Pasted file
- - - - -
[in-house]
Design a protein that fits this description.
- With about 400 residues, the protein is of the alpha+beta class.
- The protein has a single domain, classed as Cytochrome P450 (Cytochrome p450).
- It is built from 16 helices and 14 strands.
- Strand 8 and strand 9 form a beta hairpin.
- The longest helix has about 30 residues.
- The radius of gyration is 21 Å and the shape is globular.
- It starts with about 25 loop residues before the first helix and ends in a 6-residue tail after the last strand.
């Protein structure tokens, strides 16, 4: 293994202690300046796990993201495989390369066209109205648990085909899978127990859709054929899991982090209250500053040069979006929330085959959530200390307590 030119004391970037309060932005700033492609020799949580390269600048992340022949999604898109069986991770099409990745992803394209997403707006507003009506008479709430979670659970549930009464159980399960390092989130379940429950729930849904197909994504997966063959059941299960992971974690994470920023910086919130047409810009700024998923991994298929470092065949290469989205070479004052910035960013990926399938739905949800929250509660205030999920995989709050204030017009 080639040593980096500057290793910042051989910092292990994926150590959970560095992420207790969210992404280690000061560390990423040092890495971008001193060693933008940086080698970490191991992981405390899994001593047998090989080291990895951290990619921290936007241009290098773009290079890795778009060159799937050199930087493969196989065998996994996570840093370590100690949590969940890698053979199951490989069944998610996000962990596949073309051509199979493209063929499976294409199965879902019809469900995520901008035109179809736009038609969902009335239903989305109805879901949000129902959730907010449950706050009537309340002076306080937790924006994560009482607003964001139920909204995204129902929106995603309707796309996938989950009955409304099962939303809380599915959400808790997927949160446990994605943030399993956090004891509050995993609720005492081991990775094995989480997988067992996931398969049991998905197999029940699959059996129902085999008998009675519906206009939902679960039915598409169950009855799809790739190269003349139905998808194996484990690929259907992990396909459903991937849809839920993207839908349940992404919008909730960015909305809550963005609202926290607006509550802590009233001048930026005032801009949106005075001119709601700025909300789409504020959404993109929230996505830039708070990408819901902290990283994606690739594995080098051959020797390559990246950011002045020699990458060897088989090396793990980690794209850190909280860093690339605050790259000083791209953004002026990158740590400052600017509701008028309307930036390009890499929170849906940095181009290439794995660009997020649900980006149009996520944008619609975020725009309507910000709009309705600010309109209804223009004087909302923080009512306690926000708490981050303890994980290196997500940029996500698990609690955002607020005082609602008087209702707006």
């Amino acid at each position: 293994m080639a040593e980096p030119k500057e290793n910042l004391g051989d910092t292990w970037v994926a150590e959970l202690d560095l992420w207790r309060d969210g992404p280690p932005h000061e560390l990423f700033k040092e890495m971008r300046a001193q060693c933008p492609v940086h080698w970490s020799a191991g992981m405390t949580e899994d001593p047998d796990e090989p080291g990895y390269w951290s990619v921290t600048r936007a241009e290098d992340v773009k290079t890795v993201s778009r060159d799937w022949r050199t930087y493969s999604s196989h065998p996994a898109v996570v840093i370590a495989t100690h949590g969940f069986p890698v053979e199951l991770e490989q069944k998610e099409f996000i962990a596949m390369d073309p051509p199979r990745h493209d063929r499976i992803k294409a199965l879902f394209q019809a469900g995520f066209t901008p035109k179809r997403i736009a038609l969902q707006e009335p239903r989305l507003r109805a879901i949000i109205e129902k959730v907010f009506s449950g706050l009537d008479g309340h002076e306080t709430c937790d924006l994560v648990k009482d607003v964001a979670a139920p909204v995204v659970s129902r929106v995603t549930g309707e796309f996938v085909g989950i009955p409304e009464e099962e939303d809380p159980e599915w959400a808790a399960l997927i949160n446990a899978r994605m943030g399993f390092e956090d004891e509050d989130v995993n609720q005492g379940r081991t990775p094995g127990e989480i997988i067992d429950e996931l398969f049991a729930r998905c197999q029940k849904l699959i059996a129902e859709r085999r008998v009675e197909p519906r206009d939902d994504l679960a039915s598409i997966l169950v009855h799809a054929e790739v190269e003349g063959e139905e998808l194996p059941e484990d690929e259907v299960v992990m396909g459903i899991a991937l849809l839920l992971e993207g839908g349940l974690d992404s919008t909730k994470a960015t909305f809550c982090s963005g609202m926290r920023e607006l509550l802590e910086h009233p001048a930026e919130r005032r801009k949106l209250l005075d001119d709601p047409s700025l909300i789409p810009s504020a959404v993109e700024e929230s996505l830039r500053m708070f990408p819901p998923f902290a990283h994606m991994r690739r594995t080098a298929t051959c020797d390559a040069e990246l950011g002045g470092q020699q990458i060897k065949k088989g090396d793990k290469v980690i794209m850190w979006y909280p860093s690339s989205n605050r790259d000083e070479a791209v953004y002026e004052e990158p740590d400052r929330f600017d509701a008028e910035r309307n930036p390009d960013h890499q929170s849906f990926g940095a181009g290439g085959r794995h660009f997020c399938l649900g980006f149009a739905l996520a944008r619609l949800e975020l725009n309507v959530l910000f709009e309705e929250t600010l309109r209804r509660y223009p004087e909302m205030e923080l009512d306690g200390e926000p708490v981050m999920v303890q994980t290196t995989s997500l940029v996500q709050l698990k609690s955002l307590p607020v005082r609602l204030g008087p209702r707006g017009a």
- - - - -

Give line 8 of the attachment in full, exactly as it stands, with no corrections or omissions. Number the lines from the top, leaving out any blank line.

- The radius of gyration is 21 Å and the shape is globular.